By Cam Huffman
WHITE SULPHUR SPRINGS —
Before Tuesday, 17-year-old Ike Judy’s most pressure-packed golf experience might have come at the Lewisburg Elks Golf Course, competing for the top spot in the Coalfield Conference East Tournament with a few parents and a couple of teammates watching.
On Tuesday, though, Judy stood on the first tee of the Old White TPC Course with hundreds of spectators lining the fairway and PGA TOUR flags flying on the green. By his side was a five-time PGA TOUR winner, who finished eighth at the 2003 Masters.
Judy, a rising-senior at James Monroe High School, was one of four junior golfers — three from West Virginia and one from Virginia — selected to play in the Polo First Tee Scramble on Tuesday at The Greenbrier Classic.
“There were three kids in West Virginia selected to play, and they called and asked me to be one of them,” said Judy, still smiling from ear to ear while standing on the 18th hole after completing the three-hole event. “It was pretty unbelievable, honestly. I really didn’t know how to take it.”
Judy’s team, which included PGA TOUR pro Jonathan Byrd and Meagan Bored from Roanoke, Va., lost by a stroke to the team headed up by Billy Horschel that included Bailey Frederick of Fairmont and Camden Moore of Spencer — Horschel’s team birdied Nos. 11 and 18 to finish 2-under, while Byrd’s team’s only birdie came on No. 18 — but the scores really made no difference.
“It was a great experience,” said Judy, who admitted he’s more motivated than ever to continue working on his game. “It was an all-around good time. (The pros) are great guys, and I have so much respect for them doing this for The First Tee.”
Byrd explained that he finds just as much enjoyment from events like the one Tuesday at The Greenbier Classic as what the kids experience.
The 2002 PGA TOUR Rookie of the Year remembers getting to caddie for his father at the Hoodie and the Blowfish Monday After the Masters when he was a young golfer. The Byrd family was paired with Scott McCarron in that event, and the young Jonathan begged to hit the three-time PGA TOUR winner’s driver.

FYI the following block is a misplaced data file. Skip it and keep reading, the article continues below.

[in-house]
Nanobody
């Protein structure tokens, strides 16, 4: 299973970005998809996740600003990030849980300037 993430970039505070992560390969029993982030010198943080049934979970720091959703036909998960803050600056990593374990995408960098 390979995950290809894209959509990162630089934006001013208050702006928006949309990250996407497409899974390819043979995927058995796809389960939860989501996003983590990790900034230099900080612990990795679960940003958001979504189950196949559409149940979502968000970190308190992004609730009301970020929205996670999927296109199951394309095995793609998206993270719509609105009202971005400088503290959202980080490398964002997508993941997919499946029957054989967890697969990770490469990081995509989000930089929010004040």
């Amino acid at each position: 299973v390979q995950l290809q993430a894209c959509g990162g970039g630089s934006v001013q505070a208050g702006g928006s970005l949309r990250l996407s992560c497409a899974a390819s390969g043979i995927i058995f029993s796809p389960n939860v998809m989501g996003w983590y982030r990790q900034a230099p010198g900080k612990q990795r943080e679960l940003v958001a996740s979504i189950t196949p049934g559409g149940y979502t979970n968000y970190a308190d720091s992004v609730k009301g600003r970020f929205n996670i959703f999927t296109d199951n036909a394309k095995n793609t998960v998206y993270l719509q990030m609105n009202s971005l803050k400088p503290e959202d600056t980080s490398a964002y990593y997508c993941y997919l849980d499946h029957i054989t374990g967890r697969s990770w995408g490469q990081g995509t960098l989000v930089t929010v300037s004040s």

When he did, he swung as hard as he could and watched his ball sail into the woods.
“When I play with these kids now, I know it’s the same thing,” said Byrd. “They’re nervous, and they want to try to impress the pros.
“I just want to have fun with them. It’s not about us when we come out here. They’ve gotten the great priveledge to come out here and play three holes on the tournament course, and it should be fun. We had a little competition, but there was no pressure to it. I think the kids had fun.”
Byrd said he’s played in the event on each of his trips to The Greenbrier Classic, and he’s played in a similar one at Pebble Beach a couple times, as well.
For him, it’s a chance to relax in the middle of a stressful situation.
“We just get to ham it up a little bit,” said Byrd, who played collegiately at Clemson. “Anytime you can get on the golf course and not count your score, it’s kind of nice.
“I was impressed. The pros didn’t do a great job, but (the kids) did awesome.”
Judy said he hopes to one day be one of the professionals giving the kids an experience of a lifetime, but he knows he must crawl before he can walk.
“I’m just trying to take it step-by-step,” he explained. “My next goal is to try to play college golf somewhere and then try to move on and play with these guys.”
If not, at least he can say he did once.